The holidays roll around every year, and fortunately we have a set menu for some of the important dinners. This is helpful to those of us who generally fret about meal planning until the very last minute. Of course, on Thanksgiving, turkey's usually the star of the show, but we can't forget all the other dishes on the dinner table. Since Thanksgiving is the American Feast, we tend to believe that everything we eat is American. And certainly many of the foods we have at our annual feast are American.
Last time we talked about UNLV turning sixty and several campus institutions turning fifty. There's another fiftieth anniversary this year: Great Basin College, based in Elko. There are some interesting parallels to the history of UNLV, too. Las Vegans pressed the legislature to create UNLV and then had to raise money locally and hold classes at the local high school. More than a decade after Las Vegas did that, Elko residents did much the same thing.
UNLV is having a celebration. This year marks its sixtieth birthday, as well as the fiftieth anniversaries of the business and hotel colleges, the Special Collections department, and the Barrick Museum of Art.
You've heard it said before that Las Vegas is kind of a crossroads of the universe. Somehow, everything connects with the city never sleeps. Glen Campbell brings that to mind.Campbell died recently at age 81. He had been very open about his battle with Alzheimer's. He even did a farewell tour where he talked about it. Sometimes the disease made it hard for him to remember the words to songs. He dealt with it, and audiences loved him even more for his honesty.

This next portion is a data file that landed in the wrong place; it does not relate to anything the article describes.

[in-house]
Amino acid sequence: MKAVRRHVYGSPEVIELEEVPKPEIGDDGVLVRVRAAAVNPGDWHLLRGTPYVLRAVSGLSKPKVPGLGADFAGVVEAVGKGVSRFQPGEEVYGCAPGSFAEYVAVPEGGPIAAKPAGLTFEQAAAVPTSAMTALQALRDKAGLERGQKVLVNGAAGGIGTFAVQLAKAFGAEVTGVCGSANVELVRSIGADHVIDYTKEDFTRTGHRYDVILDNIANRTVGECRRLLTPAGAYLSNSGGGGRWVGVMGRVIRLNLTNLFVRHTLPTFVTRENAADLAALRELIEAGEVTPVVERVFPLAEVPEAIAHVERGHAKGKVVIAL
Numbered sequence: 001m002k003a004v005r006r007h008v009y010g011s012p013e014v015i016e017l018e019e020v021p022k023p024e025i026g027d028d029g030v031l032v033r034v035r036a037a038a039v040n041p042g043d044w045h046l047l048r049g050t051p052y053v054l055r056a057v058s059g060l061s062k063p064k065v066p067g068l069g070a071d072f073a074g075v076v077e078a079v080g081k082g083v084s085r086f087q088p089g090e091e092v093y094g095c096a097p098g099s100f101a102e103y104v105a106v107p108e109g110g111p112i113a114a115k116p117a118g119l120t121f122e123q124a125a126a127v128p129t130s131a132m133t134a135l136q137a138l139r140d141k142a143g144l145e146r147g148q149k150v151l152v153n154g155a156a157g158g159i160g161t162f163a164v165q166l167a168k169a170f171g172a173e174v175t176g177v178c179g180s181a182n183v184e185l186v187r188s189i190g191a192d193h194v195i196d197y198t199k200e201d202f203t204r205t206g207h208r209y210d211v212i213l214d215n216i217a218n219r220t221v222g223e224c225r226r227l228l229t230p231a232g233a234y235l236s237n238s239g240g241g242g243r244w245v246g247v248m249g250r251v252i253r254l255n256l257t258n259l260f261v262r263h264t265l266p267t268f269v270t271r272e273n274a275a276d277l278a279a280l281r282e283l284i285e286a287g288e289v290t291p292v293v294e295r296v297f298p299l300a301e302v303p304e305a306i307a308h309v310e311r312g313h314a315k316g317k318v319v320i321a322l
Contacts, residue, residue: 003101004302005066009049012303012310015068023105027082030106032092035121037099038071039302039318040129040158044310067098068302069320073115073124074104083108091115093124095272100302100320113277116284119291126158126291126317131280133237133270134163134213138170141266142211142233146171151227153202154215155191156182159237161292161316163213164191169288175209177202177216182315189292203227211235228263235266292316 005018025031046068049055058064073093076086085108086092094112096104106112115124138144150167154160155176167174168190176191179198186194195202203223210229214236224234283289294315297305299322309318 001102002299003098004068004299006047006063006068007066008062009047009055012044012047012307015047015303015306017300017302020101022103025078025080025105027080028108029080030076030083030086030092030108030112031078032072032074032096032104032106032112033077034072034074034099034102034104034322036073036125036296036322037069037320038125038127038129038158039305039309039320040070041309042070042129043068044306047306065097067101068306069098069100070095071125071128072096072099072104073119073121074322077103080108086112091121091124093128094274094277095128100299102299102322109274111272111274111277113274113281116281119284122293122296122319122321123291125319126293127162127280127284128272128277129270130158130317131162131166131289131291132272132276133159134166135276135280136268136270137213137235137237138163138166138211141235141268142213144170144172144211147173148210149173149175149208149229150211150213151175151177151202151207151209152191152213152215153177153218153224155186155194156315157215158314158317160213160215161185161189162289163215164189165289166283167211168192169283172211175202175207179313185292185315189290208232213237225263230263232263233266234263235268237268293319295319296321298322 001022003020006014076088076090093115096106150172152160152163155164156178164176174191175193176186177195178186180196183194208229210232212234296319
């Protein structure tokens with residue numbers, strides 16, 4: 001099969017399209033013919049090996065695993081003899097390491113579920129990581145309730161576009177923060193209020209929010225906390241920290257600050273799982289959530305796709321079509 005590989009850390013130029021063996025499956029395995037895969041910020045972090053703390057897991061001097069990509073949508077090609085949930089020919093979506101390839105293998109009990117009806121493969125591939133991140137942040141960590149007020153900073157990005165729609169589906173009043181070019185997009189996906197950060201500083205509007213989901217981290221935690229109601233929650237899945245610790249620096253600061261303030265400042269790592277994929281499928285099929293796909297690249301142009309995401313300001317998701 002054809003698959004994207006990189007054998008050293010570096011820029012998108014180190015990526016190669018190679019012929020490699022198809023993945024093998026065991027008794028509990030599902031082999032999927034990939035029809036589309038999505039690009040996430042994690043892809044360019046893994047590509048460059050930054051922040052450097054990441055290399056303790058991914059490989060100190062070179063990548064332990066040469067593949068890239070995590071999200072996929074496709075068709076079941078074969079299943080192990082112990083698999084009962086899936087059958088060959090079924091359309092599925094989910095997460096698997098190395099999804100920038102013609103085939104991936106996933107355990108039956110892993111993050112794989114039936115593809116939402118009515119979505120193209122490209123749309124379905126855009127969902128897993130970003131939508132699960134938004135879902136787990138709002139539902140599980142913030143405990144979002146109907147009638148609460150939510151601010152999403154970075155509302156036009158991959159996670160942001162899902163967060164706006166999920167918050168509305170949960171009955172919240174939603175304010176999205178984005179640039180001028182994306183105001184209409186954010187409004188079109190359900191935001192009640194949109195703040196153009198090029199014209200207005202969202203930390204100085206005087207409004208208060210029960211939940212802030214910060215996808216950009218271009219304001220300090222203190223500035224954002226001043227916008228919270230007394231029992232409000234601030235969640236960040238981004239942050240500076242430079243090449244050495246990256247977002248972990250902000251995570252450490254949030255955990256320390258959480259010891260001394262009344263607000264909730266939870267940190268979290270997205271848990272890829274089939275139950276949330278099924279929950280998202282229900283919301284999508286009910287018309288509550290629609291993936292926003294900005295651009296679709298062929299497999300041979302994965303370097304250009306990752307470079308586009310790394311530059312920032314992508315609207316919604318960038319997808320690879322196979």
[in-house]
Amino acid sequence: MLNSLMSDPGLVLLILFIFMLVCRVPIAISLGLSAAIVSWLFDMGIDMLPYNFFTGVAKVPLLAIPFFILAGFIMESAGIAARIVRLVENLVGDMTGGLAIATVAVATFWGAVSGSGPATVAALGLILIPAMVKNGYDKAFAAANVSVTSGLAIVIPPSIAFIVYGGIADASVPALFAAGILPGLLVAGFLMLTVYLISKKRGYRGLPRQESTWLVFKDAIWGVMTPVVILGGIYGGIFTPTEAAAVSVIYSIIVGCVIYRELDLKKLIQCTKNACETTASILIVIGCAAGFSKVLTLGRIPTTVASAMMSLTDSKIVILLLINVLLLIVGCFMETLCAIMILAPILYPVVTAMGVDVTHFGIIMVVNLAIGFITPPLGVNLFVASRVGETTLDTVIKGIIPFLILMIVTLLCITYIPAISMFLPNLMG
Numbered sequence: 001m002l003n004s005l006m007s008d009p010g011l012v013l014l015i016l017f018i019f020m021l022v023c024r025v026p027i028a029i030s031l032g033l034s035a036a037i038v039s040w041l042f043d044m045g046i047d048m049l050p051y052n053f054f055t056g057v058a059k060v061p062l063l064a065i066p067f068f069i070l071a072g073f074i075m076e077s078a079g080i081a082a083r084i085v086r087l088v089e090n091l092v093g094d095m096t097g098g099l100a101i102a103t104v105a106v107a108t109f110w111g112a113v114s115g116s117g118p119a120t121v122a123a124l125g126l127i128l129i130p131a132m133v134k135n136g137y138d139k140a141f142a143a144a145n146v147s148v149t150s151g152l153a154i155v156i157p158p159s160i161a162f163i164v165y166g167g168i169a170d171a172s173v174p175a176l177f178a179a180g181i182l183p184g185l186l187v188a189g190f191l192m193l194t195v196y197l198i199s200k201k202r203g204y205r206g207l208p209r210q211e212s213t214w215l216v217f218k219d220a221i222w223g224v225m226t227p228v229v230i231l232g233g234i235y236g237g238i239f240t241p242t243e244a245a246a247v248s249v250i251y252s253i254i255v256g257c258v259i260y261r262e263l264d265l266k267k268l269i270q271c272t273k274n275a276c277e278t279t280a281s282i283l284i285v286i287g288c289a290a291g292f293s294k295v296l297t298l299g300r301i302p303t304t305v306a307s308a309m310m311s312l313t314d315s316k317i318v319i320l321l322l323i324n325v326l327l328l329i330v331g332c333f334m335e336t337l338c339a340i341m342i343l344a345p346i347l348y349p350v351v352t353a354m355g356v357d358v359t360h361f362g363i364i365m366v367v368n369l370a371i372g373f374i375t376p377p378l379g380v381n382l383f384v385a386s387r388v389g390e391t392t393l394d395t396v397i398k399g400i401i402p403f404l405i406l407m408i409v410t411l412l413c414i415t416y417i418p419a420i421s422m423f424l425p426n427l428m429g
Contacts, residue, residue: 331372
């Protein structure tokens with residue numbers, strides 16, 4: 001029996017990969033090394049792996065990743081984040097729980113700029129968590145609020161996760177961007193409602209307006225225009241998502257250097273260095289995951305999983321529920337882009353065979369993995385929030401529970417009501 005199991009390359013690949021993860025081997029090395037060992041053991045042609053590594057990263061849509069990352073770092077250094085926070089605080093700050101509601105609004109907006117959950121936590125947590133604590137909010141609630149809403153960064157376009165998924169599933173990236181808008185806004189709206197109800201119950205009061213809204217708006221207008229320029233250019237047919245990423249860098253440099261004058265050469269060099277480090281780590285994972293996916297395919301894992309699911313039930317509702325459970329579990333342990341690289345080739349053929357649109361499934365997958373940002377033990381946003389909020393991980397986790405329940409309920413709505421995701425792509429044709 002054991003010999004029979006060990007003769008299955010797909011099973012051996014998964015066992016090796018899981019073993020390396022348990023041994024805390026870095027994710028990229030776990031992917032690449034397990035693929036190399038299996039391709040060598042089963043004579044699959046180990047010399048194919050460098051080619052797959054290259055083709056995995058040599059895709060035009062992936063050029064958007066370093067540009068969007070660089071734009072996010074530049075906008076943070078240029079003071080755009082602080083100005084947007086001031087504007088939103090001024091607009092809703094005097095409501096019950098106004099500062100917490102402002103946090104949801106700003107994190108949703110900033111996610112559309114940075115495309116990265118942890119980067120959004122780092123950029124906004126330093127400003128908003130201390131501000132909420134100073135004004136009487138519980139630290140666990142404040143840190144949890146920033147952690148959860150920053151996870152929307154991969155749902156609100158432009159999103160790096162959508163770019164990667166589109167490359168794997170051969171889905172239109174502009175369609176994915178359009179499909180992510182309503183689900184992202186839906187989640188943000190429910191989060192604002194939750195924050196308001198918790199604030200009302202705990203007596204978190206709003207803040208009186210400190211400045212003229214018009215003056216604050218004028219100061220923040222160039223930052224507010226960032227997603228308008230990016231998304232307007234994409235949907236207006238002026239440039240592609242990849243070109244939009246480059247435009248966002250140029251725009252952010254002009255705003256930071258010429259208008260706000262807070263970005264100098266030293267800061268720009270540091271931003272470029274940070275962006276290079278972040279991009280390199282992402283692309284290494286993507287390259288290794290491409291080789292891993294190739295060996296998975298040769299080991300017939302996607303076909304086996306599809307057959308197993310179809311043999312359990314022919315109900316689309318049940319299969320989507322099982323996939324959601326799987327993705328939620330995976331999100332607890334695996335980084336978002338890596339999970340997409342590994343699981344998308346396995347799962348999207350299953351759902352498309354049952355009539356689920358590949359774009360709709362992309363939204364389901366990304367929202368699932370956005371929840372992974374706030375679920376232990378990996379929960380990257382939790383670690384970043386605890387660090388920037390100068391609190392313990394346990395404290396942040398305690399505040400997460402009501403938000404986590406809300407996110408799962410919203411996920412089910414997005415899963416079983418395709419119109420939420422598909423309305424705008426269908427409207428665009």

From his debut at the Flamingo to his Labor Day telethons, Jerry Lewis went hand in hand with Las Vegas. Here's Senator Richard Bryan with Nevada Yesterdays.Nevada Yesterdays is written by UNLV history professor, Michael Green, and is funded by the Nevada Humanities.
Labor Day means gardeners can survey their yards and take stock of what made it through the heat. Who won in the annual survivor contest in your yard this summer? Norm shares some of the champs from his yard.Support comes from
Over the past few weeks, many people have been telling me just how tired they are of the summer.No wonder.This summer's been pretty dreadful, especially for anyone who'd want to work in their garden, or do anything outside, for that matter. Unless somebody were prepared to be out, starting at five in the morning and finished by about seven, it was more or less impossible to keep on top of gardening.
Norm Schilling didn't like his crepe myrtle so he's not sad it was a casualty of the storm. That and more thoughts on the impact of our summer weather.Purple smoke tree - Cotinus coggygria "Royal Purple"
An army air field in Nevada was fully opened for business when World War II came along. Here's Senator Richard Bryan with Nevada Yesterdays.Nevada Yesterdays is written by UNLV history professor, Michael Green, and is funded by the Nevada Humanities.In 1942, the U.S. had just entered World War II, the Bryan family was relocating to Las Vegas from Washington, D.C., and Tonopah Army Air Field moved into full operation. Seventy-five years later, we think it's worth taking a look back at one of Nevada's most important military installations.